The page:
I started this project with a single goal in mind. I wanted a simple, yet effective way to view information about my CNC machine, while standing at the CNC machine, rather than craning my neck in almost contortionist positions, and squinting like a man staring into the sun, just to see the computer monitor on the other side of the room.
With that in mind, i set out to cobble together a deluge of cheap components, ebay specials, and the spare bit of solder and duct tape.
Here is the result of almost a year of waiting on parts from china.. erm.. Diligently working towards my goal. :)
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Step 1: Hardware Design Stage...
The first thing we need to do, is to throw everything into a pile, randomly plug things in, put out all the fires, open the windows to let the smoke and fumes out, and then we can start to build something kind of interesting.. Well. To me anyway.
I started off by getting one of those ubiquitous arduino328p's in "DIP" package form. (Dual inline pins = Stick with legs)
From there, i needed some way of visually displaying the information. My first thought was to use the standard 16x2 LCD, and quickly i realized i simply couldn't fit everything onto that little LCD without fancy scrolling, or timed screen switching, both of which weren't very appealing. So my next idea was a 20x4. it has plenty of room to show basic information, and with a tactile, i can switch between work, and machine coordinates. With that, i set off to build the arduino sketch...
Somewhere along the way, i saw a real DRO on an actual manual mill... the 7-segment display was visible from across the warehouse... So i decided to add that to my design, just in case i didn't like the LCD anymore. After many hours of scouring ebay to find the modules i liked, i bought 3 of the 8 digit 7-segment display modules with the max7219 ic on them. Perfect... now all i have to do is build an arduino library for.... nope.. Looks like someone has already done this.
Nick Gammon designed this library for use with these displays, and others. It's pretty straight forward.
Nick Gammon's Max7219 Arduino Library
My only dislike, is i haven't been able to align the numbers to the right, and the "-" symbol on the left.. but meh, it works.
A few weeks later, after cobbling together odds and ends, bits and bobs, and with some help from someone on youtube, i had a working prototype on breadboard using the 7-segment modules. .
Step 2: PCB Design...
Tinkering around in Eagle, i managed to cludge together a PCB... It took me three tries to get the board to come out right, but that's just inexperience, and dodgy ebay special dry photoresist film.
Included in this step are an updated set of eagle files. Unlike my catastrophe of a first board (depicted images) The updated design is a little larger, and fixes some issues i had with supplying enough power to the modules. Turns out, if the path the electricity has to take goes all the way around the board in a circle, some components at the far end won't get enough juice to chooch (AvE... Stop infecting me with your colloquialisms!)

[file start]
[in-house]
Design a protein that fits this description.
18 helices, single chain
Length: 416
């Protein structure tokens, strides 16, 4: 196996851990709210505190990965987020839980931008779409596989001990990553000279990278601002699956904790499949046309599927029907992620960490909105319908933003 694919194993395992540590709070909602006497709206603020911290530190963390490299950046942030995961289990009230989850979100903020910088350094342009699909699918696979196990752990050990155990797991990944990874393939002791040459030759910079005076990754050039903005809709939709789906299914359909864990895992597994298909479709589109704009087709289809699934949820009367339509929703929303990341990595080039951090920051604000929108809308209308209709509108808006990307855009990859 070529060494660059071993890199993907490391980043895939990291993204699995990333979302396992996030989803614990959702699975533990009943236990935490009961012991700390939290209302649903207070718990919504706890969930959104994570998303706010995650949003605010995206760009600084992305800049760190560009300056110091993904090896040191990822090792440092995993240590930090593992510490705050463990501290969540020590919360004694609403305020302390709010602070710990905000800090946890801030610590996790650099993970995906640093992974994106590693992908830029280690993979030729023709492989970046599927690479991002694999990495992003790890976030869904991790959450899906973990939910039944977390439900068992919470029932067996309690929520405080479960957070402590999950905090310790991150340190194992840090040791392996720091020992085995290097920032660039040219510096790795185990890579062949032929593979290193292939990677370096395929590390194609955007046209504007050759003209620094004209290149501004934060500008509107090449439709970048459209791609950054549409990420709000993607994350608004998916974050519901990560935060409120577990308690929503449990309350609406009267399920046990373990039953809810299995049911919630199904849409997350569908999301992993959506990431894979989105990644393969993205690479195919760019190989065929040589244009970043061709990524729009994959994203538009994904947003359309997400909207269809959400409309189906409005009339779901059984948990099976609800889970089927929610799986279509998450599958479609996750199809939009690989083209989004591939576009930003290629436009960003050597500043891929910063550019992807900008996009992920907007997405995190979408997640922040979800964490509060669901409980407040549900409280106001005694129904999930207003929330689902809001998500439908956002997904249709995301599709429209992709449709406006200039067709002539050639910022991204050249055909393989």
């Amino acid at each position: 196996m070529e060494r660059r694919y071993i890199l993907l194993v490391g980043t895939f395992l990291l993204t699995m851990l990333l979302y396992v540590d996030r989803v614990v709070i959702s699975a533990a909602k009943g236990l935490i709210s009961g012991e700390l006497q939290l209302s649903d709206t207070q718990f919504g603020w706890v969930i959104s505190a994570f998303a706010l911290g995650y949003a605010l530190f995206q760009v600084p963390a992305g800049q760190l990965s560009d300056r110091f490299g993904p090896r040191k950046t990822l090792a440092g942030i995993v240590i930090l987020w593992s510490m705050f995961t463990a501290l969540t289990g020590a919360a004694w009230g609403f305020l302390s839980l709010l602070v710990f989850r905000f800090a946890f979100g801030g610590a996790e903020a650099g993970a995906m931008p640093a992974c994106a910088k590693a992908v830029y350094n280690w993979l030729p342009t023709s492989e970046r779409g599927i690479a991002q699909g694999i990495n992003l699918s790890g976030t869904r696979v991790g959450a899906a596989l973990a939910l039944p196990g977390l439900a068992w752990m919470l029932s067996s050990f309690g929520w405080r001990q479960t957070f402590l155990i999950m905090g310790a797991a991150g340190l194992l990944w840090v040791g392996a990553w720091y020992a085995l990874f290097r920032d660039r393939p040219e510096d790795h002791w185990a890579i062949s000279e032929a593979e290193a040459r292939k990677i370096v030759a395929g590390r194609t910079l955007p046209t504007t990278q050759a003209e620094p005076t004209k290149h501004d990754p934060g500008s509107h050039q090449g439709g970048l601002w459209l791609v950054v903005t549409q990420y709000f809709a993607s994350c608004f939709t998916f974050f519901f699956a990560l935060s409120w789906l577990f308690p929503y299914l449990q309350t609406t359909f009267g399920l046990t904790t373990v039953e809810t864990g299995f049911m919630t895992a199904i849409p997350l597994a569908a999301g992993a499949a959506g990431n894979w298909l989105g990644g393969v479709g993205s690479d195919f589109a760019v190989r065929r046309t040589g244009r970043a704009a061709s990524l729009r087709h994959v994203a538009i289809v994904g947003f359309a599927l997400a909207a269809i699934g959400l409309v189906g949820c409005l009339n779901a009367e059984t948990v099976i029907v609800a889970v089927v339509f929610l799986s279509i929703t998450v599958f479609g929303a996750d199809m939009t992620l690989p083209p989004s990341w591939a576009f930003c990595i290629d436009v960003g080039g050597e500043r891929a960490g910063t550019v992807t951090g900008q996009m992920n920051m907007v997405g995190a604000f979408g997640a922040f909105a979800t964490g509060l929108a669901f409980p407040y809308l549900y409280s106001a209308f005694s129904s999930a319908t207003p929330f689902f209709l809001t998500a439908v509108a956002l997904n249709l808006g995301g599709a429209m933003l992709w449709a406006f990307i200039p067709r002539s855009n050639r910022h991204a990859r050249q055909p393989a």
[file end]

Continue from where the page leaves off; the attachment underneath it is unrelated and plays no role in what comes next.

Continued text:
Anywho, the board is designed to be used with three of those max7219 e-segment display modules, as well as an LCD. The LCD portion is optional, but in future iterations, i plan on breaking out another pin for a hall effect sensor on the CNC spindle to display actual spindle RPM's.
Also in this version of the eagle files, i've added better silkscreen placement and documentation, broken out the RGB status led in case you don't have the surface mount version, or want to mount it in a case, and want the LED somewhere else. I've also added an ICSP header, in case you don't want to use the USB to reprogram it.
Also, you'll notice this board doesn't use the DIP package Atmeg328p. Instead it's using a QFP SMD package. (QFP = Quad Flat Pack.) This was done mainly to have more space under the board for traces, without having to rout around yet more through-hole pins.
There are breakout pins for the mode, and reset buttons, as well as the bottom two breakouts, one goes to the LCD, the other to the arduino controlling the GRBL CNC Machine.
The entire board is only 2.6" x 2.25" (or 65.94mm x 57.1mm for you metric folks)
The X, Y and Z headers can be any standard .1" pich header, or simply run ribbon cable to your modules if need be.
-=[ BE MINDFUL!!! ]=- -=[ BE MINDFUL!!! ]=- -=[ BE MINDFUL!!! ]=-
The modules only plug in one way. Be careful to notice which side of the module is VCC/GND and the same on the board. If you plug them in, or wire them backwards, you'll probably smoke the unit.
Step 3: The End of the Road.. Or, the Begining of Something Else.. Who Knows.
Finally, we come to the point in this little tour of ADD/ADHD that is my life.
Herein lies the final pretty image of my DRO project. Complete with @Scanlime Sticker (Thank you Micah for the inspiration, and the stickers!)
I've tacked on a Rar archive with the DRO sketches i've been using. There's probably room for improvement, and definitely not a completed, clean work. There are features in the code that i have yet to implement, and features not in the code that i have yet to figure out how to add..
All in all, i think it was a pretty successful PoC. While not technically a "closed loop" Digital read out. It does serve a purpose. I would like to continue building upon this, and eventually add support for quadrature scales or something. And i definitely would like to add more advanced features such as implementing canned probe cycles, hole patterns, etc. That will require an additional IC to toggle incoming, and outgoing communication with the GRBL arduino, but it can be done using a CD4066 or something.
Hope this inspires you. If you build it, please let me know. I'de love to see pictures and improvements.
Thanks for wading into the derp end with me :)
-=[ ArcAiN6 ]=-